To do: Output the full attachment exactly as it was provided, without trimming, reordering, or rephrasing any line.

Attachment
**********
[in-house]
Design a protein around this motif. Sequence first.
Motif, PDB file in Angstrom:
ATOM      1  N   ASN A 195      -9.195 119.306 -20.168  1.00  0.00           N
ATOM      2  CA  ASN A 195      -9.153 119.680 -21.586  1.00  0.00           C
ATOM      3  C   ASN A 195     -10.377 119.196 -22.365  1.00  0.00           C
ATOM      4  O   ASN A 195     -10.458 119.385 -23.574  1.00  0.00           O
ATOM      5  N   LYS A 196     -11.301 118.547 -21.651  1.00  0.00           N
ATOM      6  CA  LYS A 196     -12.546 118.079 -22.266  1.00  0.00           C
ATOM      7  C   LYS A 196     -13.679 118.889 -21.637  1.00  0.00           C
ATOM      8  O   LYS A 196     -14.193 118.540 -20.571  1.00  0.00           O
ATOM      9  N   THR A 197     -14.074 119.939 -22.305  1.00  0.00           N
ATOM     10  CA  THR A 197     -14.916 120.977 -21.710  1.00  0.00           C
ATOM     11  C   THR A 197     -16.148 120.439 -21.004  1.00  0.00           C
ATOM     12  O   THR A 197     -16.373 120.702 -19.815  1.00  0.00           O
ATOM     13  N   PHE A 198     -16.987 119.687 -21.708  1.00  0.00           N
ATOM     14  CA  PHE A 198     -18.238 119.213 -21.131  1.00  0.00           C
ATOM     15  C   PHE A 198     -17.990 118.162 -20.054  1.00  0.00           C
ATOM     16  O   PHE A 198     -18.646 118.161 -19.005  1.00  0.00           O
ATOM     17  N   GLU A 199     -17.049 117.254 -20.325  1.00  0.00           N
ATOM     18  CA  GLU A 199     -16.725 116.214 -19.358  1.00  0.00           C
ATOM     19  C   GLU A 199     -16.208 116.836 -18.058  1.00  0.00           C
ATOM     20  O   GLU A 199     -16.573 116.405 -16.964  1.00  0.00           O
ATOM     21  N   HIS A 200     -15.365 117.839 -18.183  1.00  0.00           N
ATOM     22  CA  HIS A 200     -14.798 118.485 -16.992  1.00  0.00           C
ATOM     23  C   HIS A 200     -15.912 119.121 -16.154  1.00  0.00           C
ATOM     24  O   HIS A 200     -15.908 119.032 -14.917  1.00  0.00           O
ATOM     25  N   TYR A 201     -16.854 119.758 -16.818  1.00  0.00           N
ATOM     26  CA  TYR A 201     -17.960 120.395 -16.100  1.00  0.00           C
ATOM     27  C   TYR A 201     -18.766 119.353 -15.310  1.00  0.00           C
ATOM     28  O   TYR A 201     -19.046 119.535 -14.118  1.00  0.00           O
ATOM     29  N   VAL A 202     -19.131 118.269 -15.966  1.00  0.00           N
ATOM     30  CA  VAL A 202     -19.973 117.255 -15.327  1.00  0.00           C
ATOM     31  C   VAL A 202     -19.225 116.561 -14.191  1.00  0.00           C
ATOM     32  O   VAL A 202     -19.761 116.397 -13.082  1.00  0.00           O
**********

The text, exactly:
[in-house]
Design a protein around this motif. Sequence first.
Motif, PDB file in Angstrom:
ATOM      1  N   ASN A 195      -9.195 119.306 -20.168  1.00  0.00           N
ATOM      2  CA  ASN A 195      -9.153 119.680 -21.586  1.00  0.00           C
ATOM      3  C   ASN A 195     -10.377 119.196 -22.365  1.00  0.00           C
ATOM      4  O   ASN A 195     -10.458 119.385 -23.574  1.00  0.00           O
ATOM      5  N   LYS A 196     -11.301 118.547 -21.651  1.00  0.00           N
ATOM      6  CA  LYS A 196     -12.546 118.079 -22.266  1.00  0.00           C
ATOM      7  C   LYS A 196     -13.679 118.889 -21.637  1.00  0.00           C
ATOM      8  O   LYS A 196     -14.193 118.540 -20.571  1.00  0.00           O
ATOM      9  N   THR A 197     -14.074 119.939 -22.305  1.00  0.00           N
ATOM     10  CA  THR A 197     -14.916 120.977 -21.710  1.00  0.00           C
ATOM     11  C   THR A 197     -16.148 120.439 -21.004  1.00  0.00           C
ATOM     12  O   THR A 197     -16.373 120.702 -19.815  1.00  0.00           O
ATOM     13  N   PHE A 198     -16.987 119.687 -21.708  1.00  0.00           N
ATOM     14  CA  PHE A 198     -18.238 119.213 -21.131  1.00  0.00           C
ATOM     15  C   PHE A 198     -17.990 118.162 -20.054  1.00  0.00           C
ATOM     16  O   PHE A 198     -18.646 118.161 -19.005  1.00  0.00           O
ATOM     17  N   GLU A 199     -17.049 117.254 -20.325  1.00  0.00           N
ATOM     18  CA  GLU A 199     -16.725 116.214 -19.358  1.00  0.00           C
ATOM     19  C   GLU A 199     -16.208 116.836 -18.058  1.00  0.00           C
ATOM     20  O   GLU A 199     -16.573 116.405 -16.964  1.00  0.00           O
ATOM     21  N   HIS A 200     -15.365 117.839 -18.183  1.00  0.00           N
ATOM     22  CA  HIS A 200     -14.798 118.485 -16.992  1.00  0.00           C
ATOM     23  C   HIS A 200     -15.912 119.121 -16.154  1.00  0.00           C
ATOM     24  O   HIS A 200     -15.908 119.032 -14.917  1.00  0.00           O
ATOM     25  N   TYR A 201     -16.854 119.758 -16.818  1.00  0.00           N
ATOM     26  CA  TYR A 201     -17.960 120.395 -16.100  1.00  0.00           C
ATOM     27  C   TYR A 201     -18.766 119.353 -15.310  1.00  0.00           C
ATOM     28  O   TYR A 201     -19.046 119.535 -14.118  1.00  0.00           O
ATOM     29  N   VAL A 202     -19.131 118.269 -15.966  1.00  0.00           N
ATOM     30  CA  VAL A 202     -19.973 117.255 -15.327  1.00  0.00           C
ATOM     31  C   VAL A 202     -19.225 116.561 -14.191  1.00  0.00           C
ATOM     32  O   VAL A 202     -19.761 116.397 -13.082  1.00  0.00           O